Stewardship in a Small Church
By H. Fred Bernhard
This article was originally published in Giving Magazine Vol. 19 in 2017. You can access the full issue here.
“Tell those rich in this world’s goods to quit being so full of themselves and so obsessed with money: which is here today and gone tomorrow. Tell them to go after God, who piles on all the riches we could ever manage— to do good, to be rich in helping others, to be extravagantly generous. If they do that they’ll build a treasury that will last, gaining life that is truly life.”
– 1 TImothy 6:18-18, The Message, Eugene Peterson
In 1995 my wife and I were invited to attend a stewardship conference. While there, I experienced a mind-set change from scarcity to abundance, realizing that we as Americans are far richer than other peoples around the world. It changed my whole perspective on how I view wealth and material possessions.
Small congregations usually view themselves as congregations with limited resources, both financial and in people skills. Pastors of these congregations hear these responses: “We can’t do that; we don’t have enough money.” “We don’t have the time to do that; all of us are already too busy.” “We’re not a like the big church down the street. Let them do that.”
From my own experience, I can testify that a bigger worshipping community does not mean a more effective church. Size may make multiple programs possible, but congregational vitality can be achieved in congregations of all sizes.
The common denominator is passion. Congregations who possess passion know that they can make a difference for Christ in their community and around the world. They know that, no matter how small, they can do big things for God. The secret is a passion for a purposeful, mission- driven, congregational life. Persons are drawn to such churches because they want to serve.
A mission committee struggled for weeks trying to come up with ways to buy one heifer for Heifer International. With a little help from the pastor, the congregation caught the vision and turned it into a passion for a mission. The result was thirty-two heifers purchased and donated to Heifer International.
That congregation experienced a mind-set change: from scarcity to abundance. What no one thought possible became a reality when they caught the vision and their compassion fulfilled the mission. In simple terms, they put their hands where their mouths were.
It’s a spiritual condition, isn’t it? Giving isn’t about the receiver or the gift but the giver. It’s a sign of our spiritual discipline. We give because it’s the only concrete way we have of saying that we’re glad to be alive and well. Giving is a way of taking the focus off the money we make and putting it back where it belongs—on the lives we lead, the God we serve, the families we raise, the communities which nurture us. Our spiritual condition can be summed up with this prayer: “No matter what we say or do, God, this offering is what we think of you.”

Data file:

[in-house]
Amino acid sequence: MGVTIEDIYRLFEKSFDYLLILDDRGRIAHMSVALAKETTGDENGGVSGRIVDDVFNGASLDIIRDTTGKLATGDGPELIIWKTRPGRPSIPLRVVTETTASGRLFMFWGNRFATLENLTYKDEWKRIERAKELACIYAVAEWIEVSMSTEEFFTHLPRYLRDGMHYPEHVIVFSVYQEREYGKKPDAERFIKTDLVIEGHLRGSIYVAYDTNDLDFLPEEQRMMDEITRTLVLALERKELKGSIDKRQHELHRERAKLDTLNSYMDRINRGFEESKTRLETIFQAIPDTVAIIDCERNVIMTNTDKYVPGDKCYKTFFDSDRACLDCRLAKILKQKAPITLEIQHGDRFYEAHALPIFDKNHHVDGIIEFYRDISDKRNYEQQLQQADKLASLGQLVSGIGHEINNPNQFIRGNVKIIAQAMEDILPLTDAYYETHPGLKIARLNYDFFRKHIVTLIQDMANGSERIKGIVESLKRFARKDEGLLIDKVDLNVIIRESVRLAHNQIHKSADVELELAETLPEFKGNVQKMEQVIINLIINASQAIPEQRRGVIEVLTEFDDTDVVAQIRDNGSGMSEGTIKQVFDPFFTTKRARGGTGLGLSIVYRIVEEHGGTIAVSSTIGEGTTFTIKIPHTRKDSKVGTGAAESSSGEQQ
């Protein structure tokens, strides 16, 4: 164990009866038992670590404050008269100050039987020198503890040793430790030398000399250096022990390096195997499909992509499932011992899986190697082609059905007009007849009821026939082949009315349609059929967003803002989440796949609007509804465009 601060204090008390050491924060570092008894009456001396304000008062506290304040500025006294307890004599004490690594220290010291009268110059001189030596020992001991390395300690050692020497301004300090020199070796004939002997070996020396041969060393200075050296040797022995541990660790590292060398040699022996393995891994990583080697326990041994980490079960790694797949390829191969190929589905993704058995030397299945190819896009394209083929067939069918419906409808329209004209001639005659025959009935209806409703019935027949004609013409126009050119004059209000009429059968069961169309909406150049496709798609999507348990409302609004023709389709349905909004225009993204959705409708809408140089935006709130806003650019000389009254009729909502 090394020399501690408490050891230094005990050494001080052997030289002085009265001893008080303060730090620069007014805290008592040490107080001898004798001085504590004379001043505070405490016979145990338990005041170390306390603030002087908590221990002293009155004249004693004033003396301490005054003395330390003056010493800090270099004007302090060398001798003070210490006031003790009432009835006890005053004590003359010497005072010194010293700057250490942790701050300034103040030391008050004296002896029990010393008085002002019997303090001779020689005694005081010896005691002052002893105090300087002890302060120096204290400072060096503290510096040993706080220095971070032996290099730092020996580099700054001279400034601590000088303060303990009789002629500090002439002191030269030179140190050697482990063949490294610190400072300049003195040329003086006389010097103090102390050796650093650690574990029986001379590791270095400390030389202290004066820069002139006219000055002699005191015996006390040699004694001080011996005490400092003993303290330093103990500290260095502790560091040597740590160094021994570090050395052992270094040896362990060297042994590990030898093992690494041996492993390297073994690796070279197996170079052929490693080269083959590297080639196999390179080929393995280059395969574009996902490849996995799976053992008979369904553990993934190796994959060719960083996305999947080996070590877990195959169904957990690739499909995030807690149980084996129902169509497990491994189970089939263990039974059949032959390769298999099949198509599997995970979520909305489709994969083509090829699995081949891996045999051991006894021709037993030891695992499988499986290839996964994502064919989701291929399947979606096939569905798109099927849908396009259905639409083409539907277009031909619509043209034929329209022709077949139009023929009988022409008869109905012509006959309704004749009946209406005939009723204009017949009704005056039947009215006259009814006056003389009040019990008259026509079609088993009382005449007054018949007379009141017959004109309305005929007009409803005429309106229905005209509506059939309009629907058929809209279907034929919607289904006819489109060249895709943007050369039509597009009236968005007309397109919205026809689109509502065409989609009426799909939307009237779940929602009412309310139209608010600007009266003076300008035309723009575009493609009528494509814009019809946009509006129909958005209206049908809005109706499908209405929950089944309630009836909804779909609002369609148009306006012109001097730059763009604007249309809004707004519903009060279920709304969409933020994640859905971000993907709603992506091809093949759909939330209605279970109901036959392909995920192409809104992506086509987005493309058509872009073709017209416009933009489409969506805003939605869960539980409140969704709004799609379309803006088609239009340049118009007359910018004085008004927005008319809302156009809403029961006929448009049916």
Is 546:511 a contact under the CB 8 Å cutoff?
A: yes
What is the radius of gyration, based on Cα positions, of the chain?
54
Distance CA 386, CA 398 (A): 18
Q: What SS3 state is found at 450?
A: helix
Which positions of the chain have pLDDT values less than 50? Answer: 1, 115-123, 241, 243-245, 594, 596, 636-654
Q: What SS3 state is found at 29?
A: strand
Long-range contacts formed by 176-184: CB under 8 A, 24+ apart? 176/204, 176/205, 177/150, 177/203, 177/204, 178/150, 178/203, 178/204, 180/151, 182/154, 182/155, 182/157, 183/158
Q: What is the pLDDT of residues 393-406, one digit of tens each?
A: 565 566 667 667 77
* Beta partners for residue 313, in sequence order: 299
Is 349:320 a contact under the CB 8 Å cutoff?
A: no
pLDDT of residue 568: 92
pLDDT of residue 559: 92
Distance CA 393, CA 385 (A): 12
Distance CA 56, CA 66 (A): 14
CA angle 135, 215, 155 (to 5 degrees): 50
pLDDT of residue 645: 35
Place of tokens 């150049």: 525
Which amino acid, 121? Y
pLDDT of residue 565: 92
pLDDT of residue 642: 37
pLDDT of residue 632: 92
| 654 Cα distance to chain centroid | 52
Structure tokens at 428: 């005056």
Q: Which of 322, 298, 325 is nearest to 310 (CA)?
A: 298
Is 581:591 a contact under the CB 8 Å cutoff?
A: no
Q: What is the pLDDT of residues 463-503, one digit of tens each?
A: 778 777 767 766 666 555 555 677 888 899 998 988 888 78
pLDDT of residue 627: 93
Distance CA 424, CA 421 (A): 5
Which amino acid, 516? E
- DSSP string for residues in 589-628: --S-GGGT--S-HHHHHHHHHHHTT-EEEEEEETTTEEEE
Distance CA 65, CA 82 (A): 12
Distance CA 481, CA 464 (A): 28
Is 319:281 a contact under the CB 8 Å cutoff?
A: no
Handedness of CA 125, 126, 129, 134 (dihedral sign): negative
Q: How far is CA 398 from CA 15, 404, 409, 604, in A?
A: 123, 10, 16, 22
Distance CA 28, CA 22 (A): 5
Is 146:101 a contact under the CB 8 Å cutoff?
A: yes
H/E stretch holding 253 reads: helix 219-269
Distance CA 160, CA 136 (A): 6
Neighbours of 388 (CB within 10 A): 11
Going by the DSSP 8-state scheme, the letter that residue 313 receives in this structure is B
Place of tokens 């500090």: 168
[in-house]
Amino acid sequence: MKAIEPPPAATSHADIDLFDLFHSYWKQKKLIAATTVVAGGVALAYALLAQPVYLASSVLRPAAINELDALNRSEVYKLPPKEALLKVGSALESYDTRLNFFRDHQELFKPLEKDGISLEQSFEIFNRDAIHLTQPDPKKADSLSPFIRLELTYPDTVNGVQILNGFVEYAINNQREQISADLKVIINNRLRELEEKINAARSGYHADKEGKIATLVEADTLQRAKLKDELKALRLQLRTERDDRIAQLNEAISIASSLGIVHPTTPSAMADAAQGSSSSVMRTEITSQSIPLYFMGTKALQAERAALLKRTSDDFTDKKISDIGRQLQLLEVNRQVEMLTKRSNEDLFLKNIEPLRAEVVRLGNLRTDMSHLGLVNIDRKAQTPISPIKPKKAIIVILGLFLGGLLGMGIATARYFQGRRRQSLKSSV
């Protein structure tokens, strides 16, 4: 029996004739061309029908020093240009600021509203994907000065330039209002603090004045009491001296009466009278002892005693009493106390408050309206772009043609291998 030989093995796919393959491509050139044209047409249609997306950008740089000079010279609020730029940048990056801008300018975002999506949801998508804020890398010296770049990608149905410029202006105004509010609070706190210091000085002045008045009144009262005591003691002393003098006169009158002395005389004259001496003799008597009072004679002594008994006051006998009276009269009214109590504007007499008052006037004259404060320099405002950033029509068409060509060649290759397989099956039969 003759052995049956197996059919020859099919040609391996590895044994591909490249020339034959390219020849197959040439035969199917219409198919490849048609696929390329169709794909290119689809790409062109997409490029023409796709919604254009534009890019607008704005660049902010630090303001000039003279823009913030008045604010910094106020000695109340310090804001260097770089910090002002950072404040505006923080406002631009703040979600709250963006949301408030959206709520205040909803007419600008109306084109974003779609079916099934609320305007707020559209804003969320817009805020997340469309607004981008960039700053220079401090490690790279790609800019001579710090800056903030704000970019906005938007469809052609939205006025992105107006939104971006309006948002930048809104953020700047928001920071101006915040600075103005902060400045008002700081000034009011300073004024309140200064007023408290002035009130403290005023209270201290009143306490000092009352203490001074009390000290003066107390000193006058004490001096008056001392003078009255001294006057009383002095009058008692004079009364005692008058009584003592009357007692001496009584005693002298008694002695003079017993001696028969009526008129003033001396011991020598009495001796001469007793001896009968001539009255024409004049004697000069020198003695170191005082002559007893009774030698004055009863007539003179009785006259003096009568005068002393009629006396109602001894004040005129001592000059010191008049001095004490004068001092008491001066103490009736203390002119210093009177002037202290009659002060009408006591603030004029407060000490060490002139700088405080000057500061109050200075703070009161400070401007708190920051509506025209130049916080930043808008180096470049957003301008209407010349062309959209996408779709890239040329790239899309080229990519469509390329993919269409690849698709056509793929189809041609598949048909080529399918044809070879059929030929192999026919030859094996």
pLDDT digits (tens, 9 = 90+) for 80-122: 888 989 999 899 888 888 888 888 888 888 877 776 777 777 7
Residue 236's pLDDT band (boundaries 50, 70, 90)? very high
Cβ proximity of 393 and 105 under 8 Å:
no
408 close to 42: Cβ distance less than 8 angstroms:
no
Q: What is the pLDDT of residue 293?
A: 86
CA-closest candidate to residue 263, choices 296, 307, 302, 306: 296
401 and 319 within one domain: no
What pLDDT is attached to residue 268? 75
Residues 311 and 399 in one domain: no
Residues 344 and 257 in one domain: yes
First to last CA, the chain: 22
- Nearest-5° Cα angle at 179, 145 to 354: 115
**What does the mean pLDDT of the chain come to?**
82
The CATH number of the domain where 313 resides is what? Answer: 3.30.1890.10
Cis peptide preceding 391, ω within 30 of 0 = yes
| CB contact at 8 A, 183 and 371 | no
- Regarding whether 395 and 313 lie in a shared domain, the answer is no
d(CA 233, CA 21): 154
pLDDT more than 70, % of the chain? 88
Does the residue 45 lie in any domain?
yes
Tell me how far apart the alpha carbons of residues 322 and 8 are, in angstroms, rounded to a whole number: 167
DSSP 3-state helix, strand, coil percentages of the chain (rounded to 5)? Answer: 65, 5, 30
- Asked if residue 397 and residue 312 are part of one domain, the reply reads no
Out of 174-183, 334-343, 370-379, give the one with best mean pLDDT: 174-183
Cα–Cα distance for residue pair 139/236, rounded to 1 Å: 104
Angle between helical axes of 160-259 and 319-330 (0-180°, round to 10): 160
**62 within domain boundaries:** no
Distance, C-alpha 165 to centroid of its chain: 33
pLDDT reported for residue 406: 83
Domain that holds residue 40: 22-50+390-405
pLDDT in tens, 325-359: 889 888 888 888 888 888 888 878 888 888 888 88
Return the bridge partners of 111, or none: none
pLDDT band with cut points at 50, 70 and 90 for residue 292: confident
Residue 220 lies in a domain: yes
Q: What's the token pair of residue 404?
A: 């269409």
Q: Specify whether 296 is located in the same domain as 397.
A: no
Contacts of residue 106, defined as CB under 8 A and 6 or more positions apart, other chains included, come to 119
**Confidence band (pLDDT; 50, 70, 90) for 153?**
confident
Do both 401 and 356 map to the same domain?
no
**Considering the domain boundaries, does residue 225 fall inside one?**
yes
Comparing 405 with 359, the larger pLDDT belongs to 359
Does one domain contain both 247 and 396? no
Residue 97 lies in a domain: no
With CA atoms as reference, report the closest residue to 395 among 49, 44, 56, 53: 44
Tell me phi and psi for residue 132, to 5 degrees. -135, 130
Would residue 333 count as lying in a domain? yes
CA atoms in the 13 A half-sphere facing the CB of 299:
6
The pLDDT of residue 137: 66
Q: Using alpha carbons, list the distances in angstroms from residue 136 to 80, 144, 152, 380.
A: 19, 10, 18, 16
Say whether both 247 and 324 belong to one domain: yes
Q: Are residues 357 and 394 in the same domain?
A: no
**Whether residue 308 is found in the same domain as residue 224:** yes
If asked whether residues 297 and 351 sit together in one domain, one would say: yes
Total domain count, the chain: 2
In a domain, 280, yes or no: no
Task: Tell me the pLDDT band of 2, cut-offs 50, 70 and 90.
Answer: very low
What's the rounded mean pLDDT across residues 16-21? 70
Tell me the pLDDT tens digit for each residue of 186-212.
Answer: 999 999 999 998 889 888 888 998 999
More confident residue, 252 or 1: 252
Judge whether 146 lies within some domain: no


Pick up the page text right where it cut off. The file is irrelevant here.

When your congregation, however small, puts its trust in God and changes your attitude from scarcity to abundance, amazing things will happen—things beyond your wildest imagination.
Just ask that church’s mission committee!
Rev. Dr. H. Fred Bernhard is an ordained minister in the Church of the Brethren and has served as a pastor and interim pastor in many congregations. He was moderator for the Church of the Brethren in 1996 and was formerly a member of the Institutional Advancement staff at Bethany Theological Seminary.
Giving Magazine was a premier stewardship resource published by the Ecumenical Stewardship Center (ESC) from 1999 until 2020. The magazine served Christian faith communities throughout North America, providing thoughtful, practical, and inspirational content on faith and giving from thought leaders and practitioners alike. Giving was published annually from 1999 until 2018 (volumes 1-20), and then quarterly in 2019 and 2020 (volumes 21-28) in digital form only. In 2021 ESC closed its doors and committed its archives to the care of Lake Institute on Faith & Giving. For further information on ESC or its archives, please contact us at firstname.lastname@example.org.
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